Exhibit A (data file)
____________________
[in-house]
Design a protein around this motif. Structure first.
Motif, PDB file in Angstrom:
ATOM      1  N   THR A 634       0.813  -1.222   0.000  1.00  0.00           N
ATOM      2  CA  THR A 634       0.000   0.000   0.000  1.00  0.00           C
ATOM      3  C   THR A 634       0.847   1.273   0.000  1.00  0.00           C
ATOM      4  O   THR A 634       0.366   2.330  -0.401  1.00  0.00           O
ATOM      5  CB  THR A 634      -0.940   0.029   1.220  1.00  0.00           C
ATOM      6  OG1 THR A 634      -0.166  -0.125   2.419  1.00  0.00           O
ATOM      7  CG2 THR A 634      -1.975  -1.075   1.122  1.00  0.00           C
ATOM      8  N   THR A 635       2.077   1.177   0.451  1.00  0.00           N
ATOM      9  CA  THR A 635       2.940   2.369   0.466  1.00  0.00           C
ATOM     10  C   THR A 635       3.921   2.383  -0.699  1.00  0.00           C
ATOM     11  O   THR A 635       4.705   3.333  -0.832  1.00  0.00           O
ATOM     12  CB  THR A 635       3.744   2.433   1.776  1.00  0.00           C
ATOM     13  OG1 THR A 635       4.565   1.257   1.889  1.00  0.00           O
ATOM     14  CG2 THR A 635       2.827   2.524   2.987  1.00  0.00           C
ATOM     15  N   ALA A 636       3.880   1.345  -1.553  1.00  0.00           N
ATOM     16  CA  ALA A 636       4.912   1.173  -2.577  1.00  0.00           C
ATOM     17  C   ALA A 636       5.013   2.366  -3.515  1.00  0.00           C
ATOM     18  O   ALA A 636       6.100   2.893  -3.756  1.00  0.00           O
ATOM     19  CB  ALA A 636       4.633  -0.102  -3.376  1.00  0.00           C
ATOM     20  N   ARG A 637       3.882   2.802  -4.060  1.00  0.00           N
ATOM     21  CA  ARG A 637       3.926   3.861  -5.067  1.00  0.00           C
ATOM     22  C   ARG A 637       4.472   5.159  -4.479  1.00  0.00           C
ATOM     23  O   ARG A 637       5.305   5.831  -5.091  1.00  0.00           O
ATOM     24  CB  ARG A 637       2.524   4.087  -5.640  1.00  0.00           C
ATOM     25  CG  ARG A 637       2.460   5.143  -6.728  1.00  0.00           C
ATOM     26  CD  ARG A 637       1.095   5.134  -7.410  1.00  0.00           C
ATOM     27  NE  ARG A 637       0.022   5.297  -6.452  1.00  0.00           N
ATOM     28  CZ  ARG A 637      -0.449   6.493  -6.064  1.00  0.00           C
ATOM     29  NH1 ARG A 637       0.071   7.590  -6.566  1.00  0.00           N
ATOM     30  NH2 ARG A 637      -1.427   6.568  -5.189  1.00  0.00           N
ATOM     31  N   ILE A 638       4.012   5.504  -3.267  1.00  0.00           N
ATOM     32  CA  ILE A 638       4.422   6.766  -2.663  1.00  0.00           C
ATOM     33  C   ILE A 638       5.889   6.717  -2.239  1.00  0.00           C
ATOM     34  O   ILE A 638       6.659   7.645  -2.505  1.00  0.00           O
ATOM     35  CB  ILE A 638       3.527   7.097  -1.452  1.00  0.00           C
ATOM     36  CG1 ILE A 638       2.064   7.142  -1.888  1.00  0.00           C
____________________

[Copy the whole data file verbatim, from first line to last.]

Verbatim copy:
[in-house]
Design a protein around this motif. Structure first.
Motif, PDB file in Angstrom:
ATOM      1  N   THR A 634       0.813  -1.222   0.000  1.00  0.00           N
ATOM      2  CA  THR A 634       0.000   0.000   0.000  1.00  0.00           C
ATOM      3  C   THR A 634       0.847   1.273   0.000  1.00  0.00           C
ATOM      4  O   THR A 634       0.366   2.330  -0.401  1.00  0.00           O
ATOM      5  CB  THR A 634      -0.940   0.029   1.220  1.00  0.00           C
ATOM      6  OG1 THR A 634      -0.166  -0.125   2.419  1.00  0.00           O
ATOM      7  CG2 THR A 634      -1.975  -1.075   1.122  1.00  0.00           C
ATOM      8  N   THR A 635       2.077   1.177   0.451  1.00  0.00           N
ATOM      9  CA  THR A 635       2.940   2.369   0.466  1.00  0.00           C
ATOM     10  C   THR A 635       3.921   2.383  -0.699  1.00  0.00           C
ATOM     11  O   THR A 635       4.705   3.333  -0.832  1.00  0.00           O
ATOM     12  CB  THR A 635       3.744   2.433   1.776  1.00  0.00           C
ATOM     13  OG1 THR A 635       4.565   1.257   1.889  1.00  0.00           O
ATOM     14  CG2 THR A 635       2.827   2.524   2.987  1.00  0.00           C
ATOM     15  N   ALA A 636       3.880   1.345  -1.553  1.00  0.00           N
ATOM     16  CA  ALA A 636       4.912   1.173  -2.577  1.00  0.00           C
ATOM     17  C   ALA A 636       5.013   2.366  -3.515  1.00  0.00           C
ATOM     18  O   ALA A 636       6.100   2.893  -3.756  1.00  0.00           O
ATOM     19  CB  ALA A 636       4.633  -0.102  -3.376  1.00  0.00           C
ATOM     20  N   ARG A 637       3.882   2.802  -4.060  1.00  0.00           N
ATOM     21  CA  ARG A 637       3.926   3.861  -5.067  1.00  0.00           C
ATOM     22  C   ARG A 637       4.472   5.159  -4.479  1.00  0.00           C
ATOM     23  O   ARG A 637       5.305   5.831  -5.091  1.00  0.00           O
ATOM     24  CB  ARG A 637       2.524   4.087  -5.640  1.00  0.00           C
ATOM     25  CG  ARG A 637       2.460   5.143  -6.728  1.00  0.00           C
ATOM     26  CD  ARG A 637       1.095   5.134  -7.410  1.00  0.00           C
ATOM     27  NE  ARG A 637       0.022   5.297  -6.452  1.00  0.00           N
ATOM     28  CZ  ARG A 637      -0.449   6.493  -6.064  1.00  0.00           C
ATOM     29  NH1 ARG A 637       0.071   7.590  -6.566  1.00  0.00           N
ATOM     30  NH2 ARG A 637      -1.427   6.568  -5.189  1.00  0.00           N
ATOM     31  N   ILE A 638       4.012   5.504  -3.267  1.00  0.00           N
ATOM     32  CA  ILE A 638       4.422   6.766  -2.663  1.00  0.00           C
ATOM     33  C   ILE A 638       5.889   6.717  -2.239  1.00  0.00           C
ATOM     34  O   ILE A 638       6.659   7.645  -2.505  1.00  0.00           O
ATOM     35  CB  ILE A 638       3.527   7.097  -1.452  1.00  0.00           C
ATOM     36  CG1 ILE A 638       2.064   7.142  -1.888  1.00  0.00           C